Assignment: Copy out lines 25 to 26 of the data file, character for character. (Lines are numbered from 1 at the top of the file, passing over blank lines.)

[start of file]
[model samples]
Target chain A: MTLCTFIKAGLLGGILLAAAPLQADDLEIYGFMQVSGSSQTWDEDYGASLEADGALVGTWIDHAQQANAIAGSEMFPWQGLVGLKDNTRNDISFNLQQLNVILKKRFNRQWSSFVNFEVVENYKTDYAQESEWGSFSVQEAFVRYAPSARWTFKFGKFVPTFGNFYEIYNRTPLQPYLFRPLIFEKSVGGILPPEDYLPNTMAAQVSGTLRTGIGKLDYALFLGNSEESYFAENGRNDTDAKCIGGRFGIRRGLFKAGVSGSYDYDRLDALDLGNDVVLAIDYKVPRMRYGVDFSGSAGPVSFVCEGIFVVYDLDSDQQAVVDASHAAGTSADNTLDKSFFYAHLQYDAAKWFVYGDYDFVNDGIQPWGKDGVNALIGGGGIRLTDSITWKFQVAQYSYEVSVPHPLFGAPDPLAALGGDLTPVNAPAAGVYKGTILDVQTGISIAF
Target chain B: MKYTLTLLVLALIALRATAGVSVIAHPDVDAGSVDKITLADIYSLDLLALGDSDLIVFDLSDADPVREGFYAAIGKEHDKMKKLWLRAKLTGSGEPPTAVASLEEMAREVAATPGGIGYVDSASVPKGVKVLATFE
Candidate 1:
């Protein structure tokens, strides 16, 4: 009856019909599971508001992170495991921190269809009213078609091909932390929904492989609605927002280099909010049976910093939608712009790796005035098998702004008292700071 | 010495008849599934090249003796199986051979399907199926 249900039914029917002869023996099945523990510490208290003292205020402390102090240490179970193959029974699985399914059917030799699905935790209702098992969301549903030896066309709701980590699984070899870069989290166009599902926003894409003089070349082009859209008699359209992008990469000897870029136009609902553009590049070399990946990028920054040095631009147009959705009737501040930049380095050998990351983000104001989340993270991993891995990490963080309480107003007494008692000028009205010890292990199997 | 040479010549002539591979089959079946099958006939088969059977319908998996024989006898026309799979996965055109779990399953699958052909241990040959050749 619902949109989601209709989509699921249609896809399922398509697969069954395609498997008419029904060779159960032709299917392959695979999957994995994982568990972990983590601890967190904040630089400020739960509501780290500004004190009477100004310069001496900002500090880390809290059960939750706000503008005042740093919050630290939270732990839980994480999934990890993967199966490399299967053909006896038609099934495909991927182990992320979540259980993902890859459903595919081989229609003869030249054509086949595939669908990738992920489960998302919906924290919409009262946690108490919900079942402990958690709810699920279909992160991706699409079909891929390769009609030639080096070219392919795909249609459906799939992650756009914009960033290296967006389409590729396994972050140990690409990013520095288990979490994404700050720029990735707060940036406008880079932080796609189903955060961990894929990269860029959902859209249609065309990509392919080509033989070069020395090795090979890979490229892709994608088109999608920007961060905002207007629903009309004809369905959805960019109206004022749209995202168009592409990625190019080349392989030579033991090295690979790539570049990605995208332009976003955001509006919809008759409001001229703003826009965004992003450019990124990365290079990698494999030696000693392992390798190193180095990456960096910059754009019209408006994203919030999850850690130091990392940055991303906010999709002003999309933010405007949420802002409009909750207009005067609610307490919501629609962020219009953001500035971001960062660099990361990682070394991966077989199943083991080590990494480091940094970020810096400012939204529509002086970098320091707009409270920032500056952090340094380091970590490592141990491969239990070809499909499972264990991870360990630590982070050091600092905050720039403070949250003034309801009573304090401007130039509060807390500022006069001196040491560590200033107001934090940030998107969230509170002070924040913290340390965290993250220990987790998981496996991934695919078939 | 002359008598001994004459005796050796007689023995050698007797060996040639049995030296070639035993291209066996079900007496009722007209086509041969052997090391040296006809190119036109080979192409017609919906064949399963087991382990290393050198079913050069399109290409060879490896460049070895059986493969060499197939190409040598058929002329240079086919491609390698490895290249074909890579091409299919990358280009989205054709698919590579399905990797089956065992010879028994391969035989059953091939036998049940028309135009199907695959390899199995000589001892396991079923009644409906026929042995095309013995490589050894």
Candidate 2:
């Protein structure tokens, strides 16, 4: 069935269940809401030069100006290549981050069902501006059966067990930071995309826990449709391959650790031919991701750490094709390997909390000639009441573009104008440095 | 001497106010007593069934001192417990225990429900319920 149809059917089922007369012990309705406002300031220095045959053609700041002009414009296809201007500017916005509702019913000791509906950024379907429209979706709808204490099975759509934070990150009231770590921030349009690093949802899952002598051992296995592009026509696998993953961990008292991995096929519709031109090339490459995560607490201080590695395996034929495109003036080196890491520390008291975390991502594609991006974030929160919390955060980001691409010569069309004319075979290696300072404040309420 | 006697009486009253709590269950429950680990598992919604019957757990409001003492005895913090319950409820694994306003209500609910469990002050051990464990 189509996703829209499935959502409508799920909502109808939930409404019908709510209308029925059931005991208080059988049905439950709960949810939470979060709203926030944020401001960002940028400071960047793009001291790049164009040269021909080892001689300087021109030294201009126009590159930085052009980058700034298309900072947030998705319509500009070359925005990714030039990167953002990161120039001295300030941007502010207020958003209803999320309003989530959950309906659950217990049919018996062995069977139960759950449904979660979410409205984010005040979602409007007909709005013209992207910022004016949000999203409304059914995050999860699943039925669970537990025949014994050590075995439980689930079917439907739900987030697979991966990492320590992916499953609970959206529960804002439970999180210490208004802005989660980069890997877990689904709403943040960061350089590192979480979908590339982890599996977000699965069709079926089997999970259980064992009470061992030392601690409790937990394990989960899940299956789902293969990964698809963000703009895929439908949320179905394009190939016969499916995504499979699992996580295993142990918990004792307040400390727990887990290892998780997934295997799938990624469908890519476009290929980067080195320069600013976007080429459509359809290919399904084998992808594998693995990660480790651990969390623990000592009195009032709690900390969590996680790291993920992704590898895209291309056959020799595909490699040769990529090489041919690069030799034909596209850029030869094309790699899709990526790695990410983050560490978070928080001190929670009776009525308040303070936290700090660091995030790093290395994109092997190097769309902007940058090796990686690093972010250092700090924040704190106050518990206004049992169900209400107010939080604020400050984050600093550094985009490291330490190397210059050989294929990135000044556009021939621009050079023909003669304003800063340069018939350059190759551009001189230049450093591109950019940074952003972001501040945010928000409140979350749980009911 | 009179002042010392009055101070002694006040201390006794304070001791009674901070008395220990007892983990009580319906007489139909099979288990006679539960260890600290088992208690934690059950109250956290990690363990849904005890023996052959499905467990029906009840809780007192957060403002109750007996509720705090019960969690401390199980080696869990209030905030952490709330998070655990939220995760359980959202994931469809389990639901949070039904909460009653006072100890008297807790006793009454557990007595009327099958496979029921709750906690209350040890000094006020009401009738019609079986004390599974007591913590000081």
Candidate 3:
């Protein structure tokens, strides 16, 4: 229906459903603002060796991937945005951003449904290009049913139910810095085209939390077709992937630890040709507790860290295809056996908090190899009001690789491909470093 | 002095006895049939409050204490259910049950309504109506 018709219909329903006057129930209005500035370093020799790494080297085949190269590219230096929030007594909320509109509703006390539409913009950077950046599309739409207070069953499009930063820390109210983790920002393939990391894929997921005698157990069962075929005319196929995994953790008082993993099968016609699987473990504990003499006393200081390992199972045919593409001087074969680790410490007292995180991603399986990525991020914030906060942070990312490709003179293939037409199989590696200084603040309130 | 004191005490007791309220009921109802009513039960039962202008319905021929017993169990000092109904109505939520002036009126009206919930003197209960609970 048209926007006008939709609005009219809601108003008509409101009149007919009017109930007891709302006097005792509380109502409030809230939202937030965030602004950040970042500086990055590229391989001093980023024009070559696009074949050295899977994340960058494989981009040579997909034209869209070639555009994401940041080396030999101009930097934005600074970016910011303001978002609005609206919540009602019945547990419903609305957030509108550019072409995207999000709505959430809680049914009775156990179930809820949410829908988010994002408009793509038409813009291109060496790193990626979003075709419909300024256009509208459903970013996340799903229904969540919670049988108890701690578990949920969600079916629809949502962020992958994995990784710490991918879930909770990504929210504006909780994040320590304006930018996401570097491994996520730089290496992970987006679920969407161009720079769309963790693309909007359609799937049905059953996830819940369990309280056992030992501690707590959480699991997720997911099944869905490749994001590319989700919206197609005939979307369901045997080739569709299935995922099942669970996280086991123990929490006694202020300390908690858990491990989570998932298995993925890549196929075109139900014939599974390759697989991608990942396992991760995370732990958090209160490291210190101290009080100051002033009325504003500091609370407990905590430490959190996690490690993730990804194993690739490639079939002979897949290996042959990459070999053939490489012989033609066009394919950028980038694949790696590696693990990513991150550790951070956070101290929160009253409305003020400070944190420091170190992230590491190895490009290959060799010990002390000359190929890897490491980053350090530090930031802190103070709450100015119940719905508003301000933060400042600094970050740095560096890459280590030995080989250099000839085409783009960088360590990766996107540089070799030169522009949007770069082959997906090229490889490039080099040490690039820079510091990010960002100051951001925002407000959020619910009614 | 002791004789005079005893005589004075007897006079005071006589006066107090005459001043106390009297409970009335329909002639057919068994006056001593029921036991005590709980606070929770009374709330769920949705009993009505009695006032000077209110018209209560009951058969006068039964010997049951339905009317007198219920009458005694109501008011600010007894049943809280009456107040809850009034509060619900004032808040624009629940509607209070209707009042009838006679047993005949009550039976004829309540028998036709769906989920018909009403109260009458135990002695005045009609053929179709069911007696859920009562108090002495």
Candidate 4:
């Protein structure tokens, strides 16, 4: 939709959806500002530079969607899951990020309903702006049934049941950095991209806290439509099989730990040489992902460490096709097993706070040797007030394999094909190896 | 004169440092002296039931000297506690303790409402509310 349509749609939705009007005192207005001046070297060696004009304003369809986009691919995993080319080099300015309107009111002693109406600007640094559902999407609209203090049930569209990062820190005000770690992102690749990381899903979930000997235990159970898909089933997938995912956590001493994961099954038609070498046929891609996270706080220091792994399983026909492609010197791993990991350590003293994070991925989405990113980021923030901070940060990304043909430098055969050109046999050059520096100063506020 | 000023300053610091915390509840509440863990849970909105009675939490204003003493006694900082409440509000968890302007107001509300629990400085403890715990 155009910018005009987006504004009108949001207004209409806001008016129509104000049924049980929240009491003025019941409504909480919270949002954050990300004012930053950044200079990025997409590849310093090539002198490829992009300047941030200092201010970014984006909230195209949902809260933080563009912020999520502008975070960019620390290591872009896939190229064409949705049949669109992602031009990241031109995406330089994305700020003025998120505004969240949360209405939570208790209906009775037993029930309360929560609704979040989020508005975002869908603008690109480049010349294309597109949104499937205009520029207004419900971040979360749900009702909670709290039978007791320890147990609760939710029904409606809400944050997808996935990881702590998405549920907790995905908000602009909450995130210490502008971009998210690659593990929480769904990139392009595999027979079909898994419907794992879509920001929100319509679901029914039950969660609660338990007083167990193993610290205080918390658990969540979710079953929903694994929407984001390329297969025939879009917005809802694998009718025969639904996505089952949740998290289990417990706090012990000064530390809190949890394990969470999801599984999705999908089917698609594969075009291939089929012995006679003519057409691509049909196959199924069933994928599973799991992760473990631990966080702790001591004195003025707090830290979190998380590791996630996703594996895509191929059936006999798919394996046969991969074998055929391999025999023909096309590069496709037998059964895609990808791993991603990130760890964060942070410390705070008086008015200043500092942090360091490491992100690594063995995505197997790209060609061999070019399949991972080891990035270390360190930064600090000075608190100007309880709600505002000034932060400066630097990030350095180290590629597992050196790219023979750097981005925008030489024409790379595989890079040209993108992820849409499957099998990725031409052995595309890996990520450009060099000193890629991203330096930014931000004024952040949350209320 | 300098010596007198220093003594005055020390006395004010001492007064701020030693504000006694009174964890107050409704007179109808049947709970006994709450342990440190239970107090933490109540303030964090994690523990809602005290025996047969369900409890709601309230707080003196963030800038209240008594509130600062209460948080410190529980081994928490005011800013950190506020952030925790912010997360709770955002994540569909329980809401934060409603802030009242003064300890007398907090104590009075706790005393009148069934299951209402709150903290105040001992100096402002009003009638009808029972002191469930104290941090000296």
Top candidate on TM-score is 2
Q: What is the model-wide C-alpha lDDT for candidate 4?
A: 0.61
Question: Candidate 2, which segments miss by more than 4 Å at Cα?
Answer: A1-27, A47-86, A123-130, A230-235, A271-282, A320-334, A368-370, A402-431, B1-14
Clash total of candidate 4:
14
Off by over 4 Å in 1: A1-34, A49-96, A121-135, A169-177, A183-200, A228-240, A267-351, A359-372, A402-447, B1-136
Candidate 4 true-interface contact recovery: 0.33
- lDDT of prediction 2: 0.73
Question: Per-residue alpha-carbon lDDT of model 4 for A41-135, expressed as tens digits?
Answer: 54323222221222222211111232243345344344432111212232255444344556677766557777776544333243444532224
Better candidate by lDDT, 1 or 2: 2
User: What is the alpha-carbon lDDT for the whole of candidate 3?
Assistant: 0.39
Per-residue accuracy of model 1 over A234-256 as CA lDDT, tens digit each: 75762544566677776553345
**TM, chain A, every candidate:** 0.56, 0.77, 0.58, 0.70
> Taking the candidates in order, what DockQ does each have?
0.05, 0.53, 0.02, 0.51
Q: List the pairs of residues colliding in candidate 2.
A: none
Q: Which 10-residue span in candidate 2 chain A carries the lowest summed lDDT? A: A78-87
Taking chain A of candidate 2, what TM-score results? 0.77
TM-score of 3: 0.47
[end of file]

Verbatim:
User: What is the alpha-carbon lDDT for the whole of candidate 3?
Assistant: 0.39